Meet Tenyi Mbah Marcus from Ashong in North West Cameroon. He depends on his crops to earn a living and send his young children to school.
But Tenyi's livelihood was jeopardised when his neighbour’s cows started breaking through his fence and eating his crops.
The dispute that arose between Tenyi and his neighbour, Manou, is reflective of a wider conflict in rural Cameroon. Such conflict arises when crop farmers encroach into areas mapped out for cattle grazing, or when cattle break into farms and destroy crops. Unsurprisingly, this has led to many criminal acts, legal cases and a complete breakdown of community relations. The conflict is split along ethnic lines, as crop farmers and cattle herders typically belong to different ethnic groups.
To counter this conflict, United Purpose works in partnership with MBOSCUDA to bring together crop farmers and cattle herders to engage in constructive dialogue. Known as 'dialogue platforms', they are made up of women, men and young people - and they are comprised of an equal number of crop farmers and cattle herders.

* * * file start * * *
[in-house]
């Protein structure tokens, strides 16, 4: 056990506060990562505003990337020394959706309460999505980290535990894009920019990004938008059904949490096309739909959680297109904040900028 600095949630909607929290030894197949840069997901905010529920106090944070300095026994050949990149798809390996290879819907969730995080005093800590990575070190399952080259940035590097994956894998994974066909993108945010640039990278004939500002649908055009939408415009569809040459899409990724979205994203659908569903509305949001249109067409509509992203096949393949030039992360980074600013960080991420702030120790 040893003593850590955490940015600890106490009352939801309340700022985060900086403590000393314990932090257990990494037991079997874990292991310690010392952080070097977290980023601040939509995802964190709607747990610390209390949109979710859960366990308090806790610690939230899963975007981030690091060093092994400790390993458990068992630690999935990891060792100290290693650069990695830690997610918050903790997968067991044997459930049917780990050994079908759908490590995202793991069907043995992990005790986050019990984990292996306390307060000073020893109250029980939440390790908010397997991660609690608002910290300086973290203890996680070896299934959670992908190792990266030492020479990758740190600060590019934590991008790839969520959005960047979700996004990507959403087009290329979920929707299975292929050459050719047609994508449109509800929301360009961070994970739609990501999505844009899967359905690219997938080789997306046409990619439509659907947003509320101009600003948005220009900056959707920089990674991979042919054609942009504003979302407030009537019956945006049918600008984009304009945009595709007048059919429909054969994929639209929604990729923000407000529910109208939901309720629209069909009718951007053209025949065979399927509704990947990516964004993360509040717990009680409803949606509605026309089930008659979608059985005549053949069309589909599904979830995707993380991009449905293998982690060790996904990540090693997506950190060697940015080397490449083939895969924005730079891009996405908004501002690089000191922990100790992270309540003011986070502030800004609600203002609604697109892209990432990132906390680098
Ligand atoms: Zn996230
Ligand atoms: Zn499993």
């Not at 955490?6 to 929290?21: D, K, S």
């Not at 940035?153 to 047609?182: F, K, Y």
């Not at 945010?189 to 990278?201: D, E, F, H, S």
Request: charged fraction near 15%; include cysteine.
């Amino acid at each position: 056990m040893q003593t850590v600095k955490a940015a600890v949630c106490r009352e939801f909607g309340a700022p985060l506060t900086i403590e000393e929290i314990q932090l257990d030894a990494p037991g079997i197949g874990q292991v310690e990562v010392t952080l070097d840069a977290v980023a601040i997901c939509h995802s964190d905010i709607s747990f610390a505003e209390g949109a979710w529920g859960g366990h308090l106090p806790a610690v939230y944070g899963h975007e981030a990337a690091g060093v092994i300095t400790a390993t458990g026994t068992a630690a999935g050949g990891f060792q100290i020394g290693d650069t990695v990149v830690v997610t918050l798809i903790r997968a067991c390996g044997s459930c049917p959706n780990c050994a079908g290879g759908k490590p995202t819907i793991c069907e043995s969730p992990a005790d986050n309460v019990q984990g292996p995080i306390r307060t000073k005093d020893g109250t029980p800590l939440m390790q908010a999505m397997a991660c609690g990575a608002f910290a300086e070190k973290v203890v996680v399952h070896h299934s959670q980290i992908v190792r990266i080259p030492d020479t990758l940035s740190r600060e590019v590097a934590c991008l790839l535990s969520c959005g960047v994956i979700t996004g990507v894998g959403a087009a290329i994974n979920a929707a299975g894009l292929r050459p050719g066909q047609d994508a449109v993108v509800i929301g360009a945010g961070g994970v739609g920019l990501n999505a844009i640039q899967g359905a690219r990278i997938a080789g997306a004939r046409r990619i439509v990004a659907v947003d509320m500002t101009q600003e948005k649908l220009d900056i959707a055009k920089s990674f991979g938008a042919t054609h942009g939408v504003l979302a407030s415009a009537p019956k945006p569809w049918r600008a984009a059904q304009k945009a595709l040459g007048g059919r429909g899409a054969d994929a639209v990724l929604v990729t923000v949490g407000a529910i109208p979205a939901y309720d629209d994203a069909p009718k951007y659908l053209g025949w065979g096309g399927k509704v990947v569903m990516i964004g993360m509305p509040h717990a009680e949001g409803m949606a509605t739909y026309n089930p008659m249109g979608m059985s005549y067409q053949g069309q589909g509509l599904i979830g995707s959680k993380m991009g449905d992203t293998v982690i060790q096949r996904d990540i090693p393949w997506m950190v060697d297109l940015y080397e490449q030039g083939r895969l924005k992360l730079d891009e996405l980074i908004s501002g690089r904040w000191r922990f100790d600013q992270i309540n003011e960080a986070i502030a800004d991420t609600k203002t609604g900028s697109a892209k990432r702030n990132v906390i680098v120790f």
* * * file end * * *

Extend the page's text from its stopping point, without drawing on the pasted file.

The people use these dialogue platforms to consider disputes, change negative attitudes and bring about peaceful solutions for both parties. They also promote the idea of alliance farming, where crop farmers can benefit from cow dung and grazers can access fallow pastures.
Tenyi and Manou decided to trial alliance farming with the support of the dialogue platform. After Tenyi’s growing season, an area of land used for crops is fenced off and Manou’s cattle use the enclosed land for grazing for six months. It only takes a month for the nutrients and minerals in the cattle urine and manure to fertilise the soil, making it much more productive for the coming season’s crops. Manou’s cattle benefit too, as shoots of new plants are highly nutritious for the cattle.
For both Tenyi and Manou, the practice is "win-win".